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CoreCivic's Houston Processing Center, an ICE detention center in Houston, Texas, is seen on June 24, 2018. Photo by Patrick Feller via Flickr Creative Commons: https://creativecommons.org/licenses/by/2.0/legalcode

This week marks my last at the UNLV Immigration Clinic. For the last two years, my job has been to represent (mostly) children who the United States government is determined to deport. The handful of adults whose cases landed on my desk over the years either are or were in Immigration and Customs Enforcement (ICE) detention at some point, stuck in jail for a significant amount of time for the apparently immoral and irredeemable act of coming to the United States. 

When I tell people that I work with children fleeing persecution, I can see the darkness of what that means come across their face as they comment on how hard that must be. And of course, it is. No child should have to live through what most of these children have endured, only to then be treated as undesirables when they finally get to the “land of the free.” But kids are resilient and within the first few months of meeting them, once they’ve started school and started making friends, they bounce back, joking at our meetings, calling me to let me know they have a new boyfriend or girlfriend, and just generally living a normal, teenage life.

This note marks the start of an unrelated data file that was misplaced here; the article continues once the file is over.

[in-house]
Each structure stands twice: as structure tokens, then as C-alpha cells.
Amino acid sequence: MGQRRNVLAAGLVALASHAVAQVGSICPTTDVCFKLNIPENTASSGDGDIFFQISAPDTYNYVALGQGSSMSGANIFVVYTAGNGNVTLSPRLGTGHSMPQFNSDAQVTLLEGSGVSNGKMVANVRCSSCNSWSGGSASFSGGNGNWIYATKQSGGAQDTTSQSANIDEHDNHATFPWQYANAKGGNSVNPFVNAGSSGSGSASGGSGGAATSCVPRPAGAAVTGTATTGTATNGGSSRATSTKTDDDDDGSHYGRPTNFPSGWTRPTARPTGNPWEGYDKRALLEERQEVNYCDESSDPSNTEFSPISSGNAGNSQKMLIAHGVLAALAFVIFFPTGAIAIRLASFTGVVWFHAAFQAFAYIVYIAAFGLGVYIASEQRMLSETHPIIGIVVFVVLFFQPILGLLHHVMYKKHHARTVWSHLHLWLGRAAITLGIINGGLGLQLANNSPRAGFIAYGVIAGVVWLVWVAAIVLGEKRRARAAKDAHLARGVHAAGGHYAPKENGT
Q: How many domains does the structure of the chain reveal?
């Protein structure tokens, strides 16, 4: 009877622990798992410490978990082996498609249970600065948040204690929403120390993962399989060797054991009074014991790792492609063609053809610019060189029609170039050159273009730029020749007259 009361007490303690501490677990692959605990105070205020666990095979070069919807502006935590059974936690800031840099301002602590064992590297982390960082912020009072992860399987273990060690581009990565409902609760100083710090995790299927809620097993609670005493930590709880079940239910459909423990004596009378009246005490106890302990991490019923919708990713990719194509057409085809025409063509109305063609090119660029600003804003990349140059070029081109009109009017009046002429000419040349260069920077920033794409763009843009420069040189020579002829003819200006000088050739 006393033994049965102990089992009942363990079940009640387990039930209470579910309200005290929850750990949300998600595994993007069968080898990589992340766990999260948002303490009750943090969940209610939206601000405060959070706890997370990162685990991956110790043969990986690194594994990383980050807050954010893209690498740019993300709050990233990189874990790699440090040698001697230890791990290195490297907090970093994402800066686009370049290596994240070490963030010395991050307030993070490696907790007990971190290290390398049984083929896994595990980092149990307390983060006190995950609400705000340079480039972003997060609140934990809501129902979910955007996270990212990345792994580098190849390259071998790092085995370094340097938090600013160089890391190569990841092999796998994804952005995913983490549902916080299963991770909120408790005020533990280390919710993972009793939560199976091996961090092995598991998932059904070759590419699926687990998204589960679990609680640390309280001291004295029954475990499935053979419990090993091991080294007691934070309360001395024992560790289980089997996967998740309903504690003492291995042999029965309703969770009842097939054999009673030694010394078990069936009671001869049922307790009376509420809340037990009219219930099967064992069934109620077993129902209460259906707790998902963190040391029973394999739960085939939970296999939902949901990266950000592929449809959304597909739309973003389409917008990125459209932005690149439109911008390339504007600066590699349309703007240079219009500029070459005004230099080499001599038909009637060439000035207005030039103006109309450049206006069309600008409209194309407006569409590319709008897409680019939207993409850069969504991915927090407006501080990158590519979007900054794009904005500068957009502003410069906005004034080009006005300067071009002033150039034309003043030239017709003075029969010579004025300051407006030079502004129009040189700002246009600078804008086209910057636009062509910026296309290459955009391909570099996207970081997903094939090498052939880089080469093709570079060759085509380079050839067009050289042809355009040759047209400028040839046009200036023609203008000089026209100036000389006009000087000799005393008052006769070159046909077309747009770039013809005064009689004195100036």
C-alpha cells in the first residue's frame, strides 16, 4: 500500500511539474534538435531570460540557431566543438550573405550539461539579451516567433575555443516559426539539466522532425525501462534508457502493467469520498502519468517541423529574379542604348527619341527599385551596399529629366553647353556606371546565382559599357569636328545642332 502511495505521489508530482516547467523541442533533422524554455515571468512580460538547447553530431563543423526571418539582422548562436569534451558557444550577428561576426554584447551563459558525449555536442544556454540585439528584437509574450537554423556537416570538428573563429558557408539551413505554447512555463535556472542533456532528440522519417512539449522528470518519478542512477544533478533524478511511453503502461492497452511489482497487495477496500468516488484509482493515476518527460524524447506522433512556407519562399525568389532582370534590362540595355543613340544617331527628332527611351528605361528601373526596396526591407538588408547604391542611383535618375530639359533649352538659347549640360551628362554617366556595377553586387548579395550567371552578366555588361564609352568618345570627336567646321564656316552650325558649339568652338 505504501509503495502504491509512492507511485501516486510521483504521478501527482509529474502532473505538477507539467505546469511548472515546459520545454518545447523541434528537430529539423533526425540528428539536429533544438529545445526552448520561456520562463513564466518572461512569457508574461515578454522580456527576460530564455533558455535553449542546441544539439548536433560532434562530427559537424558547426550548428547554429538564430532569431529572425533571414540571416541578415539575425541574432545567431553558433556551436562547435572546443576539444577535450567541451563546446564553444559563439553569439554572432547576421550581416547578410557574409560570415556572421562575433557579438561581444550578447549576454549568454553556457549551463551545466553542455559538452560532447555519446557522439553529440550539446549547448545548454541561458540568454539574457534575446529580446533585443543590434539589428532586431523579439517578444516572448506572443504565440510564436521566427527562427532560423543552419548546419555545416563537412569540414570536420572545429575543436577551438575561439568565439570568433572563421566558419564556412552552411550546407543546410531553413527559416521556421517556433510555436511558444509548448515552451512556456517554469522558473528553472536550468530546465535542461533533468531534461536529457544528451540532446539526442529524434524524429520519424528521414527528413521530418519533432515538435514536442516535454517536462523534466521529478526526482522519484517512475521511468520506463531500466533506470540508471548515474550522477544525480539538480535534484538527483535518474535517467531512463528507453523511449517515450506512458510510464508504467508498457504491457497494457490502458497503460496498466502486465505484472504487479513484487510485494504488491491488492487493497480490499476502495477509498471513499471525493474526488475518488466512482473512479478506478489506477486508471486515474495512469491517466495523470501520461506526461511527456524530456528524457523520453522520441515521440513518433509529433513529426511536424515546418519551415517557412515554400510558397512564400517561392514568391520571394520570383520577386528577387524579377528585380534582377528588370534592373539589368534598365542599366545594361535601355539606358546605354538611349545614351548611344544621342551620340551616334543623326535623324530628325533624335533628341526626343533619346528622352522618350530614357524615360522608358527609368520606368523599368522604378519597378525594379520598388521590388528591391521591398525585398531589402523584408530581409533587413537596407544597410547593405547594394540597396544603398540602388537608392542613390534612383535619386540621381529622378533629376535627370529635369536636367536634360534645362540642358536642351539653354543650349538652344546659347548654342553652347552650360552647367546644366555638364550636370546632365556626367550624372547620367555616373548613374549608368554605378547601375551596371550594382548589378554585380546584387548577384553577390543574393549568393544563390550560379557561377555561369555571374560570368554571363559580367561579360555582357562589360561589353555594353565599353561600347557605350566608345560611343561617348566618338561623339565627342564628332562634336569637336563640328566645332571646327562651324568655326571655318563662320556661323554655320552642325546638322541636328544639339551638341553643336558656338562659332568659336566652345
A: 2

The rage against the forces that brought them to this place, the impotence of fighting a system that is set up against them, the worry of whether they will be allowed to stay, that is left to me and to their parents, or to other family members tasked with caring for them. In that sense, it’s not the kids who keep me up at night.

The hardest part of this job, hands down, is working with and meeting the men and women in ICE detention. Even as I attempt to write this, my hands get shaky and it gets hard to see my screen with the tears building up in my eyes. I can’t tell anymore whether these are tears of anger or despair (probably both). I am not a typically weepy person, but the indignity of the fact that we have people sitting in jail simply for wanting to become a part of our communities, for wanting to build a life here amongst us, is too much to bear.